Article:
Plants to me are another girl’s shoes. A David Austin rose is my equivalent of a pair of Jimmy Choo’s (with a much more modest price tag I hope my other half appreciates) and I would much rather spend a day getting grubby in the garden than mooching around the shops! So when I found myself down the road from one of most renowned gardens in England whilst on holiday at Haremere Hall, I was there like a shot – husband and toddler in tow!
Sissinghurst Castle in Kent is a magical spot and a garden lover’s dream. Sissinghurst Castle itself dates back to the 13th century although apart from two sides of the ancient moat, the remaining buildings and courtyards visible today date back to Tudor times. What Sissinghurst is most famous for though is its spectacular gardens. From the perfect lawned walks and rambling cottage gardens, to dreamy orchards and meadows and blazes of glorious colour, this fusion of gardening with art and imagination is something even the less green-fingered can’t fail to appreciate.
The work of writer Vita Sackville-West and her husband Harold Nicolson, Sissinghurst’s gardens were a labour of love and precise planning. Created as a series of outdoor ‘rooms’, each new section of the garden reveals a new theme or colour scheme with an archway or hedged exit providing tantalising glimpses of the next mini-garden beyond.
Today, Sissinghurst Castle is managed by the National Trust. Entrance to the whole property costs £10.80 for & £5.20 for a child (over 5’s) whilst those smugly flashing their green National Trust members’ cards (that’s me!) get in for free. Parking also costs £2 for non-National Trust members.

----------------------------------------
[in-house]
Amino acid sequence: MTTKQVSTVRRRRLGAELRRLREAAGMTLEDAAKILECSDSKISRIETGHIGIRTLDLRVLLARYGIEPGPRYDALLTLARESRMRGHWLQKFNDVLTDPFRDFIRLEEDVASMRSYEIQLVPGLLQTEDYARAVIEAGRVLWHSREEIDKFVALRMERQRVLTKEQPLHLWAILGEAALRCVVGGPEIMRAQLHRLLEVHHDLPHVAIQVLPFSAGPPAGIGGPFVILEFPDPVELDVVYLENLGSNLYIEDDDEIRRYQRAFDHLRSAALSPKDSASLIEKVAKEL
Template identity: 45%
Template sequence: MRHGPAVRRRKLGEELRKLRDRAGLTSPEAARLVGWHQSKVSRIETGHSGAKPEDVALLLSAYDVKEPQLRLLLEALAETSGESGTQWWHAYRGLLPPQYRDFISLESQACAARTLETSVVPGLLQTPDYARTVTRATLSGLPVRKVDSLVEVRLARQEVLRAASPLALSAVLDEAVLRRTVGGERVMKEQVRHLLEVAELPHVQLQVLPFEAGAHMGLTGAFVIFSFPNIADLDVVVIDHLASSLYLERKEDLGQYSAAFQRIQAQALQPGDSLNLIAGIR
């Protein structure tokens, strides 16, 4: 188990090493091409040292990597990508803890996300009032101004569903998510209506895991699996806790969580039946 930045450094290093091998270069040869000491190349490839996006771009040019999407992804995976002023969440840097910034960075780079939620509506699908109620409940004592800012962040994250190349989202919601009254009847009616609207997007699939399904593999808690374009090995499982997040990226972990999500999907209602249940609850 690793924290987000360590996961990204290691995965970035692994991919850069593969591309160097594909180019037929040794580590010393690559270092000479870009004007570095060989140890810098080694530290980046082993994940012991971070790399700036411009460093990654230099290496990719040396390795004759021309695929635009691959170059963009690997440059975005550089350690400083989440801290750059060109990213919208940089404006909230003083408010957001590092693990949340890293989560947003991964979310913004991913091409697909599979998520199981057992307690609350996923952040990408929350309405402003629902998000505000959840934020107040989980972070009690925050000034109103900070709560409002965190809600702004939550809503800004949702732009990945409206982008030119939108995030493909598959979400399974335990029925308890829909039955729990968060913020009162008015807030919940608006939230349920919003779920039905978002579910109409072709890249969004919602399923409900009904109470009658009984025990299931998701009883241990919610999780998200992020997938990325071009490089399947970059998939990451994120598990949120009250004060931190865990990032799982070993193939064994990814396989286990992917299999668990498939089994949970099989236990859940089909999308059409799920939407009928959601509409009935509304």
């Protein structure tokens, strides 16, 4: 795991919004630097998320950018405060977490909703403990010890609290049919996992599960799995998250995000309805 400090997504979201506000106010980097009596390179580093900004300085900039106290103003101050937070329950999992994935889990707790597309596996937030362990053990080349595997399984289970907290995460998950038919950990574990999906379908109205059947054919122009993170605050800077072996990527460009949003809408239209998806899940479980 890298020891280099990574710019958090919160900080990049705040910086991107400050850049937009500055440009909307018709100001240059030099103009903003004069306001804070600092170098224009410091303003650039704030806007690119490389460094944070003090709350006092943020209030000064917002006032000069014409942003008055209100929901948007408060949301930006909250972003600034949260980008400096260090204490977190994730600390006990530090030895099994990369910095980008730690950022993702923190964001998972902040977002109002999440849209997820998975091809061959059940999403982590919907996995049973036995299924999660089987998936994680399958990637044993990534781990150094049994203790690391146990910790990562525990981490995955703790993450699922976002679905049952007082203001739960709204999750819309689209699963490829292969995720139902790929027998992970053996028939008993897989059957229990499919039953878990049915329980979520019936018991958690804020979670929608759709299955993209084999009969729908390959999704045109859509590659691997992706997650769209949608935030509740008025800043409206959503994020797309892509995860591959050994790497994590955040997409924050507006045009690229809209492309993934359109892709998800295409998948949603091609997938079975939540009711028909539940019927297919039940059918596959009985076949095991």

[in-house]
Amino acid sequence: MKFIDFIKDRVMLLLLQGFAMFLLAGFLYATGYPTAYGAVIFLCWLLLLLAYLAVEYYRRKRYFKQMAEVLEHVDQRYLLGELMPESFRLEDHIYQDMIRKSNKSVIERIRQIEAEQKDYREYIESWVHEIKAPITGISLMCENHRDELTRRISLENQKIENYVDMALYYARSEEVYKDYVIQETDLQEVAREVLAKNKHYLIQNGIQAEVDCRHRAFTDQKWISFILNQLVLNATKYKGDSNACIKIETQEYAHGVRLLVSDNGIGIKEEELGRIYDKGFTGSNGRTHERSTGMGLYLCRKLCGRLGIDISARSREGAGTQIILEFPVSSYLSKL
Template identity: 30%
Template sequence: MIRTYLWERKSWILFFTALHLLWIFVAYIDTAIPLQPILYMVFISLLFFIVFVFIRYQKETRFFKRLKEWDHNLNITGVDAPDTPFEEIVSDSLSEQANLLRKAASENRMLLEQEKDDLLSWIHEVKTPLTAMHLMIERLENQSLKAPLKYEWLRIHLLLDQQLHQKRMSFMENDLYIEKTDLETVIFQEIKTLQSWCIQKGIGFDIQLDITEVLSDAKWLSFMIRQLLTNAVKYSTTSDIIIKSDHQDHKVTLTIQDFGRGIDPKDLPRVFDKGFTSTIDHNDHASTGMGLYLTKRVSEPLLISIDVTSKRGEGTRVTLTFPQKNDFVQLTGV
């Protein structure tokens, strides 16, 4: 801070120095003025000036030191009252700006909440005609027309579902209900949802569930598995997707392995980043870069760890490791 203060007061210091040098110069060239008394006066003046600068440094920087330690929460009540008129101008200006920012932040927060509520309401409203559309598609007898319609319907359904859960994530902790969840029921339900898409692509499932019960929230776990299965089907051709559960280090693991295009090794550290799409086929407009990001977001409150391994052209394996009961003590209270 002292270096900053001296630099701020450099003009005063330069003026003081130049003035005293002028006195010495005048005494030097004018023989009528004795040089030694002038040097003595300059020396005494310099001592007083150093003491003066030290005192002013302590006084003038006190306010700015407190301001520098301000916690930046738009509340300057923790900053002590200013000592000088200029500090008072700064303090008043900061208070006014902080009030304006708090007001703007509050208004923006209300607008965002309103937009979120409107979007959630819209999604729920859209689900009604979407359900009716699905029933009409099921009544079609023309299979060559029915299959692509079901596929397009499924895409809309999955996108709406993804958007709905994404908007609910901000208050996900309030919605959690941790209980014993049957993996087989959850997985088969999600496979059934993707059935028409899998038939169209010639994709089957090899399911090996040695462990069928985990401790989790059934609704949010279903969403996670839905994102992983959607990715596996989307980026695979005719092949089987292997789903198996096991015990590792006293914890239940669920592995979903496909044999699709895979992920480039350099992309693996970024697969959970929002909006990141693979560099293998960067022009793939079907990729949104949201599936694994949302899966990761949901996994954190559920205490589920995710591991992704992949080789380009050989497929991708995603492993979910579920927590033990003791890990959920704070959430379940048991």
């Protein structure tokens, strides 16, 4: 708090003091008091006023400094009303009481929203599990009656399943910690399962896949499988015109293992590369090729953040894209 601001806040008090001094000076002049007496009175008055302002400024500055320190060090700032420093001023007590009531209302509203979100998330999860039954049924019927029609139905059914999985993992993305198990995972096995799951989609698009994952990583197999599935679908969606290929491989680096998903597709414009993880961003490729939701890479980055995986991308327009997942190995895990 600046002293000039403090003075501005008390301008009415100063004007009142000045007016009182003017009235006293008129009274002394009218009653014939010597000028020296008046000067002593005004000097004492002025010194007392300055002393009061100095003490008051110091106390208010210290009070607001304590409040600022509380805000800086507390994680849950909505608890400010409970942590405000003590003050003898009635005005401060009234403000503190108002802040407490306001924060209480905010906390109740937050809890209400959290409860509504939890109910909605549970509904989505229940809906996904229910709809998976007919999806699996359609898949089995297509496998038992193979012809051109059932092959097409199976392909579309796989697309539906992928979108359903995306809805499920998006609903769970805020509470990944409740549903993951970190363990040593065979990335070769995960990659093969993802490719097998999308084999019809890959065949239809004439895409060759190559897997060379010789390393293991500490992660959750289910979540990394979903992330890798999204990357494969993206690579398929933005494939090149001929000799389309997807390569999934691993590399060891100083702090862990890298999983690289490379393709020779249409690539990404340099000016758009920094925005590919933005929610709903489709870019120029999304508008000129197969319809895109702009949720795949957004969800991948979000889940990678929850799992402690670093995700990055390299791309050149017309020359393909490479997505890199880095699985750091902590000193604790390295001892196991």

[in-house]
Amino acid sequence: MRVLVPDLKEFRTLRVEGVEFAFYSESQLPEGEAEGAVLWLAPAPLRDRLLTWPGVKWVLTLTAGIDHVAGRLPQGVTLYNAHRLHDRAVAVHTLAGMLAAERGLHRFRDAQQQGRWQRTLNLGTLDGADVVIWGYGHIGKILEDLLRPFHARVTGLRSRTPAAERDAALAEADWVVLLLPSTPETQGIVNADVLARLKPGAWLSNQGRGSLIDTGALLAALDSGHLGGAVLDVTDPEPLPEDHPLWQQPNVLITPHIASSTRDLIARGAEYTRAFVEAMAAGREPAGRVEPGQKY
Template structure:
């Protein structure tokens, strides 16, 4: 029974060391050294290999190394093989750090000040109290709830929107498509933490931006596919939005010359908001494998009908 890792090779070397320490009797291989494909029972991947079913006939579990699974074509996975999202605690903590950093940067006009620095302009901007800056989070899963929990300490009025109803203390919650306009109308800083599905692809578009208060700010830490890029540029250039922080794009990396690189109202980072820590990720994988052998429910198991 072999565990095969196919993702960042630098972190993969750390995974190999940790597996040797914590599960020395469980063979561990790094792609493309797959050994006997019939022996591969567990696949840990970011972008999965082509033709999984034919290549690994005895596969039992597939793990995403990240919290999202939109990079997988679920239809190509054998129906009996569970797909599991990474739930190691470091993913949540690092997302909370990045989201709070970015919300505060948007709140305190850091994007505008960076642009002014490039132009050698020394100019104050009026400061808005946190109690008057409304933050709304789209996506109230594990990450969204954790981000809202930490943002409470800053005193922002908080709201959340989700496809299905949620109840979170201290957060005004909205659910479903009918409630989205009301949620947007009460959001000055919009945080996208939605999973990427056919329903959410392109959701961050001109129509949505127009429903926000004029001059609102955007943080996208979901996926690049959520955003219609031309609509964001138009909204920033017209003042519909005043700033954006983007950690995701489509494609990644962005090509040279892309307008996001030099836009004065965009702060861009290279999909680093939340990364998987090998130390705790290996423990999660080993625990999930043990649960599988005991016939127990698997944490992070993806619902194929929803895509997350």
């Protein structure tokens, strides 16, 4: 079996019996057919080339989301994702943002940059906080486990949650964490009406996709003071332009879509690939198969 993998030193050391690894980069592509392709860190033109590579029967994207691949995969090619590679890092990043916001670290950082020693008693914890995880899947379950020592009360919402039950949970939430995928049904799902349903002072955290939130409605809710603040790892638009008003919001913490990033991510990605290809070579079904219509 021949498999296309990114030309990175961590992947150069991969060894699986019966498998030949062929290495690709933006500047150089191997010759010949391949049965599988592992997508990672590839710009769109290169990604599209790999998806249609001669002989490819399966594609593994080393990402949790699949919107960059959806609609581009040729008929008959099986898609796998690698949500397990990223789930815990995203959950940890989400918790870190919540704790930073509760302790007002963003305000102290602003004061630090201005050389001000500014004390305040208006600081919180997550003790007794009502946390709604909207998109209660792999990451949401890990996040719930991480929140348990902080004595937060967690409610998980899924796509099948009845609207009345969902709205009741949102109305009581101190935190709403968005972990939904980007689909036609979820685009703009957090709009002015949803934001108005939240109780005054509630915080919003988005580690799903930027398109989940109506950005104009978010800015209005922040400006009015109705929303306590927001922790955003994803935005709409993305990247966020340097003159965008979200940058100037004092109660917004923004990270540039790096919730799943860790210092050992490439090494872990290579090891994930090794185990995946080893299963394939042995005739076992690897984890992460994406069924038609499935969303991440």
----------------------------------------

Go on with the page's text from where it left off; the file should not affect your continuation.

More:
The gardens at Sissinghurst are part of a much larger estate and those wishing to explore the trails around the grounds do not have to pay for privelege, including the Baby Routes recommended Sissinghurst Castle Lake Walk. The gardens are truly worth a visit though and to miss out on their summer splendour would be a real shame.
As National Trust properties go, Sissinghurst is not as child-friendly as some. There is plenty of picnic space and the walks down by the lake and through the estate are all suitable for younger walkers, with options for pushchairs but don’t expect the purpose-built playgrounds or other entertainment some of the larger properties now provide. Pushchairs are also not permitted in the formal gardens (just as well, as the paths are quite narrow) but baby carriers are available to borrow and you can leave your pushchair outside.
Older children will enjoy climbing the Elizabethan tower, from the top of which there are long-ranging views across the surrounding countryside and a birds-eye view of the garden below. Just take care if climbing with a baby in a backpack as we did – the spiral staircase is quite steep and the doorways don’t leave much room for head clearance! The planning of the garden into different ‘rooms’ makes this a more interesting garden than most for children as they can explore the different areas and the tall hedging in places doesn’t feel dissimilar to an elaborate maze! The moat with its large fish and resident ducks is also a good point of interest for younger visitors.
For those in need of refreshment there is a cafe near the visitor centre outside the main gardens (you don’t need to pay entry to access it) and best of all for me, there is a separate garden shop packed with plants to fulfil all your garden dreams after having your imagination fuelled by your visit. Surprisingly I managed to be quite restrained and only left with two plants!
Overall, if you find yourself in the area and have even the slightest appreciation of a pretty garden then I would recommend a visit to Sissinghurst Castle. The gardens whilst beautiful are not endless and there is enough to keep children interested for shorter visits. The walks through the estate, particularly in spring when the bluebells are out, are lovely.